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Critics claim proposed new tax agency gives governor too much power

Manny Otiko | 6/15/2017, midnight

A plan to radically reshape the State Board of Equalization (BOE) has both Democrats and Republicans up in arms. Plans for the changes are contained in SB 86. According to the legislation, Democrats plan to create a new tax body that would be under the Governor’s Office.

The legislation reads, “This bill would establish, in the Government Operations Agency, the California Department of Tax and Fee Administration and would place the department under the control of a director appointed by the Governor and subject to confirmation by the Senate. The bill would also authorize the Governor to appoint a chief deputy director and a chief counsel.”

According to the Sacramento Bee, tax disputes would be settled by administrative judges, not board members of the BOE, who are elected.

The move was motivated by a March audit which revealed that the BOE couldn’t account for millions of dollars and also found that some board members were redirecting state employees to work on their own projects.

However, some Democrats and Republicans believe this a power grab by the Governor’s Office and some other Democrats.

George Runner, vice chair of the BOE, said the new law would only add another layer of government bureaucracy.

“This last-minute budget power grab would strip California taxpayers of their right to bring their tax appeals before their elected peers. In its place the bill would establish yet another unelected and costly tax bureaucracy,” said Runner, a Republican. “It’s a sad but true reality: the only real alternative to an elected official is an unelected state worker. The proposed changes go far beyond issues identified in recent audits, nearly all of which have been addressed and corrected by the Board.”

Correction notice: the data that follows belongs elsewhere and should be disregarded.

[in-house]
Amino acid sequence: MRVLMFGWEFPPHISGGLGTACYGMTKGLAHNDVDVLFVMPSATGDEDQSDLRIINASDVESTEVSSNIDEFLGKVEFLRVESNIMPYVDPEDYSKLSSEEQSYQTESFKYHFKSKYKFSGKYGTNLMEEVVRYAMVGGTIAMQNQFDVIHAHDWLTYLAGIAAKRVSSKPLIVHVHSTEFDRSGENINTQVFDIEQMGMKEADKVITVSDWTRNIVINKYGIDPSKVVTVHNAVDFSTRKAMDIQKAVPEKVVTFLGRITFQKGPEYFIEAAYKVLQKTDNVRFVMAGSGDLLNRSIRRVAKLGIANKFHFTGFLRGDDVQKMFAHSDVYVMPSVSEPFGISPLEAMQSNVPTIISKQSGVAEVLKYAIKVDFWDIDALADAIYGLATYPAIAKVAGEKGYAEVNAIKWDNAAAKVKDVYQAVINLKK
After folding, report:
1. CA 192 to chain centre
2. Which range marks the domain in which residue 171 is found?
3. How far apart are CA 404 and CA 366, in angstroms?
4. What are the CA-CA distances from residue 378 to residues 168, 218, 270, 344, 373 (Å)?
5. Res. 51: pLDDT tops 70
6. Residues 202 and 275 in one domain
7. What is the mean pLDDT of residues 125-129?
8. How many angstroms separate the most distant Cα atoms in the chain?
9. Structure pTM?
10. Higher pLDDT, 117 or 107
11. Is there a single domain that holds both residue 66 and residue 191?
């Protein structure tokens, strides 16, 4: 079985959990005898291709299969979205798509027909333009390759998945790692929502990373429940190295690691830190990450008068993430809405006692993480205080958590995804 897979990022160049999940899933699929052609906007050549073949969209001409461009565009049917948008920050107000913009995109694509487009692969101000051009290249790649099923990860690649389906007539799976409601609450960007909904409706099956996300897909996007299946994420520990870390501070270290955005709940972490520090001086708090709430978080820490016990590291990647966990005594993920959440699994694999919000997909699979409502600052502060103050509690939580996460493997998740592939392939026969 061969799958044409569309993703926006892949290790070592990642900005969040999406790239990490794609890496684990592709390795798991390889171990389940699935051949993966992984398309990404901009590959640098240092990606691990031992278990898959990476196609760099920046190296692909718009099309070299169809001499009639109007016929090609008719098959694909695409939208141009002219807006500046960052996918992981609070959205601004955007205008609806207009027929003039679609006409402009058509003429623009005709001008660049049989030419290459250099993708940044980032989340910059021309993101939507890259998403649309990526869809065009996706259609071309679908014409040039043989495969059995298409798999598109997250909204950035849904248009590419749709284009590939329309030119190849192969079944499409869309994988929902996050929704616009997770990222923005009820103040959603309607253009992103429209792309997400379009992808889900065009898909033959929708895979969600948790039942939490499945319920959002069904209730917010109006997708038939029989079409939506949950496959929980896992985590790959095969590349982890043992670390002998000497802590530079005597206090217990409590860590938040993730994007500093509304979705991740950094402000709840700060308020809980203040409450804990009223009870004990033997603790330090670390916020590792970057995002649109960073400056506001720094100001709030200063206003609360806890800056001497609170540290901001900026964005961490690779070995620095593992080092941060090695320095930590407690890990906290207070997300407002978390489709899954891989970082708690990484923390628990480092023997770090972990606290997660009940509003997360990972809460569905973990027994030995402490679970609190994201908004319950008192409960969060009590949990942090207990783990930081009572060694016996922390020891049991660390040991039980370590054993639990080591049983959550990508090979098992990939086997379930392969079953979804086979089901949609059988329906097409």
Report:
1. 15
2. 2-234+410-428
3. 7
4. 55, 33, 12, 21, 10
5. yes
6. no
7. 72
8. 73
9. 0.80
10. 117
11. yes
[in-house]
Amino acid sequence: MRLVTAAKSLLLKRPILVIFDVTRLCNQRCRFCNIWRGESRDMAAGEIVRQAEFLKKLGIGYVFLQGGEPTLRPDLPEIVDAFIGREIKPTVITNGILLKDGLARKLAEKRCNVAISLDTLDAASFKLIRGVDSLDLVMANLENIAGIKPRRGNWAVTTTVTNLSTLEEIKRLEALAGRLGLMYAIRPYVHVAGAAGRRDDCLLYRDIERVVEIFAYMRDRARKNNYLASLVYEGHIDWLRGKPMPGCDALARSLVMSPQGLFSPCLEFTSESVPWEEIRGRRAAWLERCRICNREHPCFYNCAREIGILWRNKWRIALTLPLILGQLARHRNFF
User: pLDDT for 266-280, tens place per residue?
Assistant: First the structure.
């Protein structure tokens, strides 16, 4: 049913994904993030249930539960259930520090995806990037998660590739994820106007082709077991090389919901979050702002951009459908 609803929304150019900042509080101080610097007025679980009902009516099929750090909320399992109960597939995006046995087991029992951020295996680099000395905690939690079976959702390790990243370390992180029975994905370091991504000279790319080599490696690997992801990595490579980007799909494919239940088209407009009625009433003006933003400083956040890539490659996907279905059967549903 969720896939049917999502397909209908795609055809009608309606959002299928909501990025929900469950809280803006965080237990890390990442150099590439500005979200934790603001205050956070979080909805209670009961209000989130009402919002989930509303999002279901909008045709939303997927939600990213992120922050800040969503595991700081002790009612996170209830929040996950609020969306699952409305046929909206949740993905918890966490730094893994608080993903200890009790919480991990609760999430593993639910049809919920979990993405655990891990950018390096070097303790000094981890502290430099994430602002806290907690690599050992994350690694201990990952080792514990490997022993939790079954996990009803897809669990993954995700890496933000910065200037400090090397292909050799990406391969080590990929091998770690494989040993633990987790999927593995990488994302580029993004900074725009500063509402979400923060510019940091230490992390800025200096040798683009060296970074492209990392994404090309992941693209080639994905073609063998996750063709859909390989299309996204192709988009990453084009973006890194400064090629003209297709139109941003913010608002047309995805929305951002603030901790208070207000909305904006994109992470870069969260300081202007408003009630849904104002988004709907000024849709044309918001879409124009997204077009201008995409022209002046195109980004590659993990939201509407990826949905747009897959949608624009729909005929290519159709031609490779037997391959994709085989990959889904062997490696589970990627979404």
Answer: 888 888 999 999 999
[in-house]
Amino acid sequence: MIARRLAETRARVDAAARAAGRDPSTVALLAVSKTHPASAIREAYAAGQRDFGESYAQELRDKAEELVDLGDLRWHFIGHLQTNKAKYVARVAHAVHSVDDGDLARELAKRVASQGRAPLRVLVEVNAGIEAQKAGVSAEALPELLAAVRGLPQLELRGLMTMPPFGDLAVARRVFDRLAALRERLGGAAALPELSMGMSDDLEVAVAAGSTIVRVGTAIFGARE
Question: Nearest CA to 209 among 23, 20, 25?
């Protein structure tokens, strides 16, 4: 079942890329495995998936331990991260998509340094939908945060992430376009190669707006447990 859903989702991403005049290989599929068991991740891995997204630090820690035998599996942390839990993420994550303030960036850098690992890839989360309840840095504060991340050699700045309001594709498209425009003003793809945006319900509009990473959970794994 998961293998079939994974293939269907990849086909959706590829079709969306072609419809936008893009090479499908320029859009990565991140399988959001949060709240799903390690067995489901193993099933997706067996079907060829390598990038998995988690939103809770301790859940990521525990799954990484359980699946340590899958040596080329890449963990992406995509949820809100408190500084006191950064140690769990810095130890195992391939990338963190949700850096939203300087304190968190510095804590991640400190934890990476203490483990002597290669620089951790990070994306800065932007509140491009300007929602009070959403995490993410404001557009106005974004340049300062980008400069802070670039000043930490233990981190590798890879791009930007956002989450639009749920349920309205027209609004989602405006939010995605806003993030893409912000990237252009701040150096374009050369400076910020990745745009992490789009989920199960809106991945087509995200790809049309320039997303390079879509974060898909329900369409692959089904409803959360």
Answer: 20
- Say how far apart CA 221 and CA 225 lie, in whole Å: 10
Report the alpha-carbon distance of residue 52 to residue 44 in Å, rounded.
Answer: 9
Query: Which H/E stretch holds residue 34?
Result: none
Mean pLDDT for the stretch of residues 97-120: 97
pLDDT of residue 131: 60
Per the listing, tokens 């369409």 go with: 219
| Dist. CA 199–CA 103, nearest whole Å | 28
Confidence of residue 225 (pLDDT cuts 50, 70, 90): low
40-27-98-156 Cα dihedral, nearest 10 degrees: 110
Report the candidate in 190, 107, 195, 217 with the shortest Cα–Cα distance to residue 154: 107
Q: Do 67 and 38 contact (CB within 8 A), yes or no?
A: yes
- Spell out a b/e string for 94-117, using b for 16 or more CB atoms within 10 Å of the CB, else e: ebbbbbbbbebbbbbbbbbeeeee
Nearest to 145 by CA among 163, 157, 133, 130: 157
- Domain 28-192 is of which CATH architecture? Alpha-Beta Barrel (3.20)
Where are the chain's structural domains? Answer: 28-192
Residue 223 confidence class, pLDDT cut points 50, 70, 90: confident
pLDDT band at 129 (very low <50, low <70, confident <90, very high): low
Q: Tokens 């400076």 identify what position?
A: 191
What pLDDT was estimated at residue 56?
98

Jerome E. Horton, a BOE board member, said the proposed changes would cost more money in the long run.

“This measure adds an additional layer of bureaucracy and will eventually cost taxpayers billions for separate computer systems, administration, lawyers and facilities. This bill will also place minorities and small business at a serious disadvantage in their appeals of taxation,” said Horton, a Democrat. “It definitely requires additional thought, deliberation, and study.”

The bill is being reviewed by the Assembly and is currently with the budget committee.